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How to Stop Overthinking/Worrying About the Future

how to stop overthinkingWhat are your best tips to stop yourselves from overthinking, readers? How can you work through anxiety and excessive worrying about the future? We’ve talked about how to focus at work as well as how to deal with anxiety, but not in a long time — so let’s discuss how to stop overthinking. Reader C wonders…

I really enjoyed your article on how to prevent/stop tears at work. I have a similar issue that I’d like addressed: How to stop overthinking an upcoming “mystery” meeting. For example, this morning, we got an all-hands meeting put on our calendar for later in the day. And now my mind can’t stop racing thinking about what is going to be discussed at this “emergency” meeting! Last time we had a similar meeting, we found out my boss got fired. Any tips to stop that Type A mind from speculating?

Oooh, good question, C; I can’t wait to hear what the readers say, particularly since I am definitely occasionally guilty of worrying about the future — and sometimes have to tell myself to stop overthinking things. Some advice I’ve read over the years:

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Open Thread: On Drinking Too Much, Jobs That Encourage Drinking, and Drinking Because of Job-Related Stress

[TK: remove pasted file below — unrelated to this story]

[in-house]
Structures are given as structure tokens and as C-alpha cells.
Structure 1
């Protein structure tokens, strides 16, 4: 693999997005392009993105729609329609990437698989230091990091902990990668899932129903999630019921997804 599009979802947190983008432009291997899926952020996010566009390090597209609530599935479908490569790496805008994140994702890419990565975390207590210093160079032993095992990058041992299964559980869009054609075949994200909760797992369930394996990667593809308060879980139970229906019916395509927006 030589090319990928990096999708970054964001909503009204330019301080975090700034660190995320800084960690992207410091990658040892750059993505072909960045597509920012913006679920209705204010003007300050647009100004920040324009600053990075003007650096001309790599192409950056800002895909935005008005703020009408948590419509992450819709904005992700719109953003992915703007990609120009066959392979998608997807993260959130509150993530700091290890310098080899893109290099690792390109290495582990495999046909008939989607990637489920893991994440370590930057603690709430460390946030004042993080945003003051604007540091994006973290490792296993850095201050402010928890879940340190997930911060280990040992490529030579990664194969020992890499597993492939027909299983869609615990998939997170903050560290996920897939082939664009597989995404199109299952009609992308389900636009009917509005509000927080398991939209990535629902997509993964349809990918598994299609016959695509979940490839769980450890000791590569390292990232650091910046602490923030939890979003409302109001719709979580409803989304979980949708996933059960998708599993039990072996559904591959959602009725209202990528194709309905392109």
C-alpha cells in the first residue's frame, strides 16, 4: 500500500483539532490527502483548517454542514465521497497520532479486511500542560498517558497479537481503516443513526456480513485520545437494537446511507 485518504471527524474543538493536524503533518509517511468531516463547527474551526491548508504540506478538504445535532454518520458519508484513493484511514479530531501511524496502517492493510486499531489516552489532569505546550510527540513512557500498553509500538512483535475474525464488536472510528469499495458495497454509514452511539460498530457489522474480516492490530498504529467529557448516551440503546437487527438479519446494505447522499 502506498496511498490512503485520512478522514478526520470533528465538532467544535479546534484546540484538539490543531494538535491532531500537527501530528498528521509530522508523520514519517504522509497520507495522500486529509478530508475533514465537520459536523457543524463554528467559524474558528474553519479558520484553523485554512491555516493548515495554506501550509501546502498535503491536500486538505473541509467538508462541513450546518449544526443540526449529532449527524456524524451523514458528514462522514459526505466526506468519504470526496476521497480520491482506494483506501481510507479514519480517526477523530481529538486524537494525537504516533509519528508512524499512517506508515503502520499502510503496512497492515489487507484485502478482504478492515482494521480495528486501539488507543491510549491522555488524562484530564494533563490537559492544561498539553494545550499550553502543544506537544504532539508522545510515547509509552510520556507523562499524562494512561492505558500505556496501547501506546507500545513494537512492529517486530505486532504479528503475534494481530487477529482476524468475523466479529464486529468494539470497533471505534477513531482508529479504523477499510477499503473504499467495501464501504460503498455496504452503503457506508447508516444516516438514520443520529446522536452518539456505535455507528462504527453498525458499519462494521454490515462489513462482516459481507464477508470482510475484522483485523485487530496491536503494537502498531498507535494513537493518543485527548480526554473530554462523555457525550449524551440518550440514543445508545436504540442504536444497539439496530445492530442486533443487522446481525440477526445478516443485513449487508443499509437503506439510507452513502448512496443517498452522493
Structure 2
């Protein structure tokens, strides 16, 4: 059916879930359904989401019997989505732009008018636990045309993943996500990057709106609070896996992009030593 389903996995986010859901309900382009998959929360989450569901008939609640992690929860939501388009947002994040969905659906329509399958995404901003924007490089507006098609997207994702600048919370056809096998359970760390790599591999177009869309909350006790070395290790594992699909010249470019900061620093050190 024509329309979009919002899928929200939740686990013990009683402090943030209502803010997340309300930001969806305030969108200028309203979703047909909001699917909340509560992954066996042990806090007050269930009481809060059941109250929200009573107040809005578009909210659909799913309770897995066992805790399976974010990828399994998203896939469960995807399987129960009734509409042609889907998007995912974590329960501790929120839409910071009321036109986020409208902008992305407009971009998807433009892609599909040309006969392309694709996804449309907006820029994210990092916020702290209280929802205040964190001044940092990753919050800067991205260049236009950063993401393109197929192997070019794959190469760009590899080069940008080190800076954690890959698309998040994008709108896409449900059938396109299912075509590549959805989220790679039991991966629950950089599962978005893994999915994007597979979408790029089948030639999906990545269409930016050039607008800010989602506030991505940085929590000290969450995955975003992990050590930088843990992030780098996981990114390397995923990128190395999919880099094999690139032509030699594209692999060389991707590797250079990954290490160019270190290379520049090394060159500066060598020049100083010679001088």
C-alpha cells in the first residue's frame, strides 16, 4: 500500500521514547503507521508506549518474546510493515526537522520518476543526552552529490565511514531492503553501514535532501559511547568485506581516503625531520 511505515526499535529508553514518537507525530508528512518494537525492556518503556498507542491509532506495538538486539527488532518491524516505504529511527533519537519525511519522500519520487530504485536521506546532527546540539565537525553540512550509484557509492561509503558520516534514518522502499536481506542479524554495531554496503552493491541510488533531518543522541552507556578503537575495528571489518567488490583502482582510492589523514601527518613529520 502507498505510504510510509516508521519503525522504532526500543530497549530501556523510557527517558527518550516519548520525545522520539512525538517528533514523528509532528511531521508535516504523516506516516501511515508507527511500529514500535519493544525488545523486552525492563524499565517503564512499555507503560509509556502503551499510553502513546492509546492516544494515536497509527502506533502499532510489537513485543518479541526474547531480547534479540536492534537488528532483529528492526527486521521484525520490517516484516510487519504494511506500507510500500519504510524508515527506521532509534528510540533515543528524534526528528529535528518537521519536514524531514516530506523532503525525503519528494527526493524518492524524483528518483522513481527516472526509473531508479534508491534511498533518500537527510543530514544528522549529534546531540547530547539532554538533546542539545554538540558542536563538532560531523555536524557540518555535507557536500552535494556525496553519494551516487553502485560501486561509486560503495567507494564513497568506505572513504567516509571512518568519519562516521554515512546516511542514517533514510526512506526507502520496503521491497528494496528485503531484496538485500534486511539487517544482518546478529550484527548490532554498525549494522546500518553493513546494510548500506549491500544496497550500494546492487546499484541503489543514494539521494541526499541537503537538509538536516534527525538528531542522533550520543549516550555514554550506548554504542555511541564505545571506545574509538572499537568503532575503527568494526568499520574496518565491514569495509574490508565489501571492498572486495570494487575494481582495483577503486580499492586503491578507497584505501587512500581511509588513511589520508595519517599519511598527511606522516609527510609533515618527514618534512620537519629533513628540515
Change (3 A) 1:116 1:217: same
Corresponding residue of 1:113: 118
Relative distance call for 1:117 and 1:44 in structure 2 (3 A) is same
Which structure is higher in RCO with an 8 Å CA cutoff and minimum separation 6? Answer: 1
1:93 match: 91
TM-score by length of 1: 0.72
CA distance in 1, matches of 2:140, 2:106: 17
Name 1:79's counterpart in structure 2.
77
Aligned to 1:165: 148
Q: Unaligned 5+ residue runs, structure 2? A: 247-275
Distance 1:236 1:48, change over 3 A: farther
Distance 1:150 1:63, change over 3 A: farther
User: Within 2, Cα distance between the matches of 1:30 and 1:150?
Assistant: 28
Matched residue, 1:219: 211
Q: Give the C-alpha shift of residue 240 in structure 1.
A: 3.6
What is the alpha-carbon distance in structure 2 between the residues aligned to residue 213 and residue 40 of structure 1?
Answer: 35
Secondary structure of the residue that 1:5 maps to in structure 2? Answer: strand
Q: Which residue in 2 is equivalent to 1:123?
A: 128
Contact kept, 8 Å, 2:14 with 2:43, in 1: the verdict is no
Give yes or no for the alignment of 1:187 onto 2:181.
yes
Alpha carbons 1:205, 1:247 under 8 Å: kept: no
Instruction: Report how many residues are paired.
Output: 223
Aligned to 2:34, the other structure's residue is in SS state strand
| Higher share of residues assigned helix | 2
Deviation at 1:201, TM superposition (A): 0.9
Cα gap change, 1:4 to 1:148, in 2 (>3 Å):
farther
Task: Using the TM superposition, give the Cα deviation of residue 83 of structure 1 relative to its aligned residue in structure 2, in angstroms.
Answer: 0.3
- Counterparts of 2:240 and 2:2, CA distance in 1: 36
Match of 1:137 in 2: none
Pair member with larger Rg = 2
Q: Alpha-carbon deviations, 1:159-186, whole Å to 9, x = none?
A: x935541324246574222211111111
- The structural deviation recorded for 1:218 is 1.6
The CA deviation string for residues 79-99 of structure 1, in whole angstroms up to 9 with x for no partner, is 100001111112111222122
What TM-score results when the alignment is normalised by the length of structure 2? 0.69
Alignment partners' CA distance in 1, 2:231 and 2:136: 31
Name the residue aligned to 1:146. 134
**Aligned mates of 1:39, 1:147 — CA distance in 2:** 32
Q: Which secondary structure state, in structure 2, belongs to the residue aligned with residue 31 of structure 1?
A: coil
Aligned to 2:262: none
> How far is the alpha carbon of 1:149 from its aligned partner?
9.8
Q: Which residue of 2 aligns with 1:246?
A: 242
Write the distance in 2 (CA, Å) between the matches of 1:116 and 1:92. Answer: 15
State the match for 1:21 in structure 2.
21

women lawyers and drinkingDrinking and drug use can be a problem for anyone, but there have been a number of stories lately about how it’s particularly a problem for lawyers. (We’ve also talked in the past about how there are many high-achieving women who drink too much, too, and there was a great Medium post by Kristi Coulter last summer that explored the idea that “to be a modern, urbane women is to be a serious drinker.”) I asked Rebecca Berfanger to take a look into drinking advice for women lawyers and other professionals — what are the best tips out there for cutting back on your drinking? How can you navigate a culture of drinking — without getting sucked in? Readers: for those of you who have successfully moderated your drinking or stopped drinking entirely — what are your best tips? (For those of you who care to share — have you ever had a drug problem? What resources or tips do you recommend to other women in your situation?) For those of you who manage lifestyle and job-related stress in ways OTHER than drinking, what do you do instead to relax, take the edge off or “turn off work mode“? (Welcome back to Corporette®, Rebecca!) – Kat

Following a 2016 study by the Hazelden Betty Ford Foundation and the American Bar Association Commission on Lawyer Assistance Programs, the ABA reported that “21 percent of licensed, employed lawyers qualify as problem drinkers, 28 percent struggle with some level of depression and 19 percent demonstrate symptoms of anxiety.” The study also found that “younger attorneys in the first 10 years of practice exhibit the highest incidence of these problems.”